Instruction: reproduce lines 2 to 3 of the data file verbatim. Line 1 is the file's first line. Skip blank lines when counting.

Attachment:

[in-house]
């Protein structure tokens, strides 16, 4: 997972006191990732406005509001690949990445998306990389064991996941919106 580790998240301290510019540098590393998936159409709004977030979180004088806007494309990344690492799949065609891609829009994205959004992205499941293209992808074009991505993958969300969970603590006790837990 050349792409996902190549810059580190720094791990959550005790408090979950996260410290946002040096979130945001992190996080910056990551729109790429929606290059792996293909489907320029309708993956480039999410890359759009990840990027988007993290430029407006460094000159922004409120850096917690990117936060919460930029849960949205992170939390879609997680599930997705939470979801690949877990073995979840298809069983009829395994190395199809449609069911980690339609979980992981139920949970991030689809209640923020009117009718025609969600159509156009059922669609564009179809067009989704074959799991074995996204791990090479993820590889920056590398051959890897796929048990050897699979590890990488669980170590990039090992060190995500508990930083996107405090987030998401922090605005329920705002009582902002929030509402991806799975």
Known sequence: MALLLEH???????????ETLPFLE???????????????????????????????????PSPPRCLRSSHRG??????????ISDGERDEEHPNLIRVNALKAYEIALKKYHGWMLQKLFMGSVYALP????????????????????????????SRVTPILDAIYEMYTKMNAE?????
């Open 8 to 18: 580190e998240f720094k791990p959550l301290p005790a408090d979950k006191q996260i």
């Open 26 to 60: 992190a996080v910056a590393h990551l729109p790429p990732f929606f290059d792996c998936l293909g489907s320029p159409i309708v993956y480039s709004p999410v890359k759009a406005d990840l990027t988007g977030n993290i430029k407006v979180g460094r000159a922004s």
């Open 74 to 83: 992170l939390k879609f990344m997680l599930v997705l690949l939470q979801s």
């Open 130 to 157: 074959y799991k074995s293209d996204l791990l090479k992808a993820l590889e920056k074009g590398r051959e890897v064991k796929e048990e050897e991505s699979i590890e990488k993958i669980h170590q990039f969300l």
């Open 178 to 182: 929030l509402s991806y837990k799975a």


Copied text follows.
């Protein structure tokens, strides 16, 4: 997972006191990732406005509001690949990445998306990389064991996941919106 580790998240301290510019540098590393998936159409709004977030979180004088806007494309990344690492799949065609891609829009994205959004992205499941293209992808074009991505993958969300969970603590006790837990 050349792409996902190549810059580190720094791990959550005790408090979950996260410290946002040096979130945001992190996080910056990551729109790429929606290059792996293909489907320029309708993956480039999410890359759009990840990027988007993290430029407006460094000159922004409120850096917690990117936060919460930029849960949205992170939390879609997680599930997705939470979801690949877990073995979840298809069983009829395994190395199809449609069911980690339609979980992981139920949970991030689809209640923020009117009718025609969600159509156009059922669609564009179809067009989704074959799991074995996204791990090479993820590889920056590398051959890897796929048990050897699979590890990488669980170590990039090992060190995500508990930083996107405090987030998401922090605005329920705002009582902002929030509402991806799975």
Known sequence: MALLLEH???????????ETLPFLE???????????????????????????????????PSPPRCLRSSHRG??????????ISDGERDEEHPNLIRVNALKAYEIALKKYHGWMLQKLFMGSVYALP????????????????????????????SRVTPILDAIYEMYTKMNAE?????